September 26, 2014
Global hotel brands often have a reputation that differs markedly across countries, reflecting the challenges inherent in scaling service, according to a new survey by the Luxury Institute.
The "2014 Luxury Hotels Brand Status Index" charts how consumers in different countries regard global brands. Interestingly, hotels received, on average, higher scores in China, indicating that new expansion efforts in the country are a culmination of everything a brand stands for.
"When you build something that’s new and when you staff it with new people, you learn from the past, and from the culture," said Milton Pedraza, CEO of the Luxury Institute, New York. "They have put their heart and soul into these places to provide an extraordinary experience, and it's a culmination of all their learning.
“It's hard for one brand to sustain a global leadership to be top tier in different countries," he said. "There are different circumstances, different needs, different stages of development.
"The best you can do is be in the top 10 across countries."
The Luxury Institute's "2014 Luxury Hotels Brand Status Index" surveyed affluent overseas travelers who about their impressions and evaluations of 37 global luxury hotel brands.
The LBSI scores "are based on each brand's perceived quality, exclusivity, social status and overall guest experience," and are on a 10-point scale.
Respondents also say if they would recommend the hotel friends and family, if the brand is priced too high and if they will return to the brand for their next trip.
The Luxury Institute surveyed consumers in China, Europe and Japan.
Predictably, brand scores varied by region, reflecting how brands struggle to supply a consistent experience worldwide and how consumers have different expectations depending on their background.
In Europe, respondents were from the United Kingdom, Germany, France and Italy. The Ritz-Carlton received the second highest score with a 7.95, The Mandarin Oriental came in fourth with 7.86 and Leading Hotels of the World came in fifth with 7.77.
The Peninsula Paris
The Leading Hotels received the highest ranking among Chinese consumers, which also constituted the highest ranking overall, at 8.62. The Luxury Collection came in third in China with a score of 8.54.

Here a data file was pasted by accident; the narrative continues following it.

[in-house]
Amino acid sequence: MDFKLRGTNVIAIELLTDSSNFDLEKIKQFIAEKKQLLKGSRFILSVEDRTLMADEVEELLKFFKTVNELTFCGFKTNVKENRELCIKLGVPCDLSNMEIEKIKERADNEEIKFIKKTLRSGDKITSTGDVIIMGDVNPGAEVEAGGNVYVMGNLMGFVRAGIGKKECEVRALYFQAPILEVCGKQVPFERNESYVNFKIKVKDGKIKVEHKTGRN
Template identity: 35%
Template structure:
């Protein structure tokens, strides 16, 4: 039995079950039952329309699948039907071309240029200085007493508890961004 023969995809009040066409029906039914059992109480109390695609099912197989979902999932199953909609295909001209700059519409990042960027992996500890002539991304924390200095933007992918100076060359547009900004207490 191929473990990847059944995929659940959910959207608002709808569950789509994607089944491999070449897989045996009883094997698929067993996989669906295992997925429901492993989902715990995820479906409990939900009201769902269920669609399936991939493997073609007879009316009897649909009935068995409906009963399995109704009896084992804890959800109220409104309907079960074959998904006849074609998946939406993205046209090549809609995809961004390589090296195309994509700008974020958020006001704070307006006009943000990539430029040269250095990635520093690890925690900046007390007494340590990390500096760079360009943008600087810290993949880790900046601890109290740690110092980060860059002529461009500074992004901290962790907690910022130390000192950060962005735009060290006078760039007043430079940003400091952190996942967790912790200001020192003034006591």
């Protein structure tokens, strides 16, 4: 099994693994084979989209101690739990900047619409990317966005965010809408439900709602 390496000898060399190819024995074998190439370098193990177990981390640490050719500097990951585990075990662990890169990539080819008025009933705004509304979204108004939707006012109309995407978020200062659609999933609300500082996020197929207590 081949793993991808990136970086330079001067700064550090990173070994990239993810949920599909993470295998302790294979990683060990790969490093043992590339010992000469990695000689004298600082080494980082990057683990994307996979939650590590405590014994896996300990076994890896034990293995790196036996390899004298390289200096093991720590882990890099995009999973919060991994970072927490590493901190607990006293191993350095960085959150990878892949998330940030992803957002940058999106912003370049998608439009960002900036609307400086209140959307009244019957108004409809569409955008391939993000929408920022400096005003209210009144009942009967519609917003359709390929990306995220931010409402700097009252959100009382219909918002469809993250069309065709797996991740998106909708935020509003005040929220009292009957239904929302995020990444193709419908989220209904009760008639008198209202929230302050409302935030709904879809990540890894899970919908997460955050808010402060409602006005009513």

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The Ritz-Carlton resurfaced in the top five in Japan with a score of 7.73, that was bested by Waldorf Astoria's 7.8.
Still from Ritz-Carlton social video
Hotel brands included in the survey included Aman Resorts, Armani Hotels, Banyan Tree, Club Med, Como Hotels and Resorts, Conrad Hotels and Resorts, Fairmont Hotels and Resorts, Firmdale Hotels, Four Seasons, Grand Hyatt, InterContinental, Jumeirah, JW Marriott, Kempinski Hotels, Le Meridien, Langham, Leading Hotels of the World, Loews Hotels, The Luxury Collection, Mandarin Oriental, Oberoi, Orient-Express Hotels, Pan Pacific, Park Hyatt, The Peninsula Hotels, Raffles Hotels and Resorts, Regent, The Ritz-Carlton, The Rocco Forte Collection, Rosewood, Shangri-La Hotels & Resorts, Small Luxury Hotels of the World, Sofitel, St. Regis, Taj Hotels Resorts and Palaces, W Hotels and Resorts and Waldorf Astoria Hotels and Resorts.
Mr. Pedraza emphasized that as brands expand, they tend to cede the ability to provide consistently strong experiences. Consequently, brands have to balance the demands of scaling their portfolio and maintaining superior service.
This can lead to lopsided perceptions in different countries.
Intense competition has impelled brands to accelerate their expansion plans.
For instance, Starwood Hotels and Resorts opened 74 hotels across its nine hotel brands in 2013, with new luxury properties in Abu Dhabi, Greece, Thailand and Peru.
Starwood claims to have doubled its luxury footprint in six years to a total of 160 properties and will continue this upward trend by adding 10 more luxury hotels in 2014. The collective effort of the company’s nine hotel brands for global expansion dwarfs the efforts of contenders (see story).
Boutique hotels have benefited from reputational slips large chains have made, by enforcing the idea that scale can be detrimental. However, many brands are able to leverage best practices from previous properties to create superior properties as they go along.
"Boutique has the advantage of not having so much scale," Mr. Pedraza said. "You can control things more."
Joe McCarthy, staff writer on Luxury Daily, New York